Book Review – Eleanor and Park


Title: Eleanor and Park

Author: Rainbow Rowell


Two misfits.
One extraordinary love.

Eleanor… Red hair, wrong clothes. Standing behind him until he turns his head. Lying beside him until he wakes up. Making everyone else seem drabber and flatter and never good enough…Eleanor.

Park… He knows she’ll love a song before he plays it for her. He laughs at her jokes before she ever gets to the punch line. There’s a place on his chest, just below his throat, that makes her want to keep promises…Park.

Set over the course of one school year, this is the story of two star-crossed sixteen-year-olds—smart enough to know that first love almost never lasts, but brave and desperate enough to try.

Rating: 4 stars

Review: THIS BOOK!!!



Two misfits – the introverted Park, and the self-conscious Eleanor – end up on a bus-seat together, and that’s just the start of their relationship. Eleanor has a difficult home life to hide from the world, and Park doesn’t feel like he belongs, but slowly they get to know each other, and romance blossoms.

I was initially wary of reading this because of all the hype – I was disappointed in ‘Fangirl’ after all the hype about it – but this time I was so not disappointed. Everything about this book lived up to what I expected, and then some.  I ended up staying up late to finish this, because I was so hooked.


The story wasn’t one of insta-love, which I loved. It was realistic, like two real teenagers falling in love, and I loved the slow burn of their relationship. It built up, and it was incredible to read. They got to know each other, and even though I’m as much a fan of fluffy insta-love as the next girl, it was refreshing to read a love story like this.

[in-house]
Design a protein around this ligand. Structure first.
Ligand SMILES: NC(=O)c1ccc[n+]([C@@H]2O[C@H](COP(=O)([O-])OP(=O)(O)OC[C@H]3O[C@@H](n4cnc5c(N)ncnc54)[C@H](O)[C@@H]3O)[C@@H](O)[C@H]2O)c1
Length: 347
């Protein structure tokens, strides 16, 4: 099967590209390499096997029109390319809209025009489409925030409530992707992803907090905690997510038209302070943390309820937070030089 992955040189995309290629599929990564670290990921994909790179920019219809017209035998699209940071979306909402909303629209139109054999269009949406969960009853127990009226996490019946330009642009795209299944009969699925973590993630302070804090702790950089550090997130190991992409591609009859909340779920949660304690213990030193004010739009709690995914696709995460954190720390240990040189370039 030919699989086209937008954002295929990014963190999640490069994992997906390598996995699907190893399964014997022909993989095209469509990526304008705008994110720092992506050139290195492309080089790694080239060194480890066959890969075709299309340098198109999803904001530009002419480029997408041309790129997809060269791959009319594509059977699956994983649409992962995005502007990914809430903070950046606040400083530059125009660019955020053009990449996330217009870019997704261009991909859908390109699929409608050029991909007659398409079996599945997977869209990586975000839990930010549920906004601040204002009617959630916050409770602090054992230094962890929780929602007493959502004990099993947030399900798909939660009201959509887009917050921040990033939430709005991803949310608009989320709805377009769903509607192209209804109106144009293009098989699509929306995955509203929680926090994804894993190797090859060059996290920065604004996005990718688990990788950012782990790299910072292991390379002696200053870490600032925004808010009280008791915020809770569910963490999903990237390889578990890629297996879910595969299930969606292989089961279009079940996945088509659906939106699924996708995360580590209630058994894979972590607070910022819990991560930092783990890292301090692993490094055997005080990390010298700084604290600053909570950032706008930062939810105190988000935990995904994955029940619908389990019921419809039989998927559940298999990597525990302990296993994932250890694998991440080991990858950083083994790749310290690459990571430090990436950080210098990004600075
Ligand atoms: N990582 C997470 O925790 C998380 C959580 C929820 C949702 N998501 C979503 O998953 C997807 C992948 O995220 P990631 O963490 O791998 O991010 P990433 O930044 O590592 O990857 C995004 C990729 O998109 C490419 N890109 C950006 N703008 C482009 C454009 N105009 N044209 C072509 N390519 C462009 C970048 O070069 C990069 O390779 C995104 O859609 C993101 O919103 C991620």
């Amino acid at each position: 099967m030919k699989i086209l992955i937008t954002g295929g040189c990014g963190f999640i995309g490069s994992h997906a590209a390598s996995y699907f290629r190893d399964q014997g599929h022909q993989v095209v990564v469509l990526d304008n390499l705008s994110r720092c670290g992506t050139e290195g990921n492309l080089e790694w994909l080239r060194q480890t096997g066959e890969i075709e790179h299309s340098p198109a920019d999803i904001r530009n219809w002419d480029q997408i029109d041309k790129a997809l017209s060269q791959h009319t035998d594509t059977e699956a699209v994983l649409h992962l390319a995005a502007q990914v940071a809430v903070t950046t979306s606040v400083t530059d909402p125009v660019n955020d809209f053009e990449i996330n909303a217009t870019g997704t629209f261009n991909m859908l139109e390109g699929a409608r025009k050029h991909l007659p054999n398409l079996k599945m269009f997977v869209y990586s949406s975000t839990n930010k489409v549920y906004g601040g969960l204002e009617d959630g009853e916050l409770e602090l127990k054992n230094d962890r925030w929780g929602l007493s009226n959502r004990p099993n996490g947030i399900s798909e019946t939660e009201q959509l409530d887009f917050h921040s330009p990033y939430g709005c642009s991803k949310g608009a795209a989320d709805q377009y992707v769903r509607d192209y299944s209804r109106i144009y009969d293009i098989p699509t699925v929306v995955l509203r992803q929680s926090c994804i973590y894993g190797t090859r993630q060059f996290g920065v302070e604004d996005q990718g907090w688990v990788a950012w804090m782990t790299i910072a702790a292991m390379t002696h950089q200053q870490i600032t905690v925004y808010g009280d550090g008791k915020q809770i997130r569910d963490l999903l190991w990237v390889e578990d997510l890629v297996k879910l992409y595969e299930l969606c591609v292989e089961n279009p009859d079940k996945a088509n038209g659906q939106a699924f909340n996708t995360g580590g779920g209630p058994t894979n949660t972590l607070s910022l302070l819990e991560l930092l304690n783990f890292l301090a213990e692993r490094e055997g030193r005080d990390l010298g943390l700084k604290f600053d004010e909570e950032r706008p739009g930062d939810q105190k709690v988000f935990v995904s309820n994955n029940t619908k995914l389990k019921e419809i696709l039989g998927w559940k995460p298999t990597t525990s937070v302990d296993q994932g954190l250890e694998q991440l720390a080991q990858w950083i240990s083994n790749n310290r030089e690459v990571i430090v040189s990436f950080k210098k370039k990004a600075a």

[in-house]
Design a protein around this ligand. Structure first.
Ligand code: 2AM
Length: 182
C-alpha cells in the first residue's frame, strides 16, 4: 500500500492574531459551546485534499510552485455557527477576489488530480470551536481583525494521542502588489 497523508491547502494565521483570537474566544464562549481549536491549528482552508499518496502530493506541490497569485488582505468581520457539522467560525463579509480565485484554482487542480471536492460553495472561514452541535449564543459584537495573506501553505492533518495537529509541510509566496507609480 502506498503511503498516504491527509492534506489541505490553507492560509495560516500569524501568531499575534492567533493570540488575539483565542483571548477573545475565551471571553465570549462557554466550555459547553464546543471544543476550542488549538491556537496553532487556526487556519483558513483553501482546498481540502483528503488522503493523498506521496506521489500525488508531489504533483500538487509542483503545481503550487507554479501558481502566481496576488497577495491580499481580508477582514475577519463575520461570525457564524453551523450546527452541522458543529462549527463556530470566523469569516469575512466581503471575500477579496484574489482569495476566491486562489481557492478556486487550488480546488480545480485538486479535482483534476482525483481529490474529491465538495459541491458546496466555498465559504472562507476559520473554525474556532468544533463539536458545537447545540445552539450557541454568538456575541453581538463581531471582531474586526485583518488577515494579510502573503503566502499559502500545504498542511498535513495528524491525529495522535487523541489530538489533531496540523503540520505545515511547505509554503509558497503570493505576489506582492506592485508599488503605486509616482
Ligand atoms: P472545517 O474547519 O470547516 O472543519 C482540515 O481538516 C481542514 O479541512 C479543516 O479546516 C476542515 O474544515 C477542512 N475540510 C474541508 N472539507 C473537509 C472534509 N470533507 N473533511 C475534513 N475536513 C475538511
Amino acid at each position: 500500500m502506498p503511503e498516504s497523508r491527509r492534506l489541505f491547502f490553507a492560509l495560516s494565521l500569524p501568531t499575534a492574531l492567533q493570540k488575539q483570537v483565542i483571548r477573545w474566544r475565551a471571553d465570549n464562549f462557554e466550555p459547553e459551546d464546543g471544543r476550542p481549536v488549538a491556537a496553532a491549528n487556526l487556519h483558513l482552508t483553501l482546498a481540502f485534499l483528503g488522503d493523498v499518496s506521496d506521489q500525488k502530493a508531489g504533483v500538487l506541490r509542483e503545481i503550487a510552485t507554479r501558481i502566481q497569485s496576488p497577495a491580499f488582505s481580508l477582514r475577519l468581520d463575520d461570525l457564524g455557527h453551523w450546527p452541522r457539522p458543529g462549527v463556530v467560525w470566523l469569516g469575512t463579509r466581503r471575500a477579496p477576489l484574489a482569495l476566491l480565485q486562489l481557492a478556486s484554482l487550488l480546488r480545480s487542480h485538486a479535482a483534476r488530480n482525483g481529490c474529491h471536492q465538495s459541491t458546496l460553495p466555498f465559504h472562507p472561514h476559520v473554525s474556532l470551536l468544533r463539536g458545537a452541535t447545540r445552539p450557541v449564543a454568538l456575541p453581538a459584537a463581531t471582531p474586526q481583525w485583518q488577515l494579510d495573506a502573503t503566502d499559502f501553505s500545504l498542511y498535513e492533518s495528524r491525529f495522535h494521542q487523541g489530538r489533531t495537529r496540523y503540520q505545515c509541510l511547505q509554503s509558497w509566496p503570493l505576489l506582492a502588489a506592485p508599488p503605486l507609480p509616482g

Out of all the characters, I identified with Eleanor the most – lots of siblings, a difficult home life that you don’t want outside people to know about, sticking out like a sore thumb because of the way you look. Eleanor just wants to blend into the background, to be invisible. That was the part that really struck a chord. I really admire the delicate way that Rowell deals with sensitive issues like bullying, and domestic abuse, as well as body image problems.

As for Park, I’m officially in love. He’s a romantic, he gets to learn to drive his dad’s Impala (my dream car!) and he’s a comic book nerd with mix-tapes. That’s not even mentioning that he wears eyeliner, which is very hot. I just love Park so much that words don’t even do him justice.


The only reason I give this book four stars instead of the full five, is because of the very bittersweet ending. If you’ve read the book, you know what I mean, but if you haven’t, you have to read the book to understand. It’s just….


Some of my favourite quotes are:

Eleanor was right. She never looked nice. She looked like art, and art wasn’t supposed to look nice; it was supposed to make you feel something.

“I don’t like you, Park,” she said, sounding for a second like she actually meant it. “I… Sometimes I think I live for you.”

I definitely enjoyed this book a lot more than ‘Fangirl’ and I’d recommend it to anyone who’s a fan of ‘The Perks of Being A Wallflower’ or any of John Green’s books. Go forth, and read, my lovelies!


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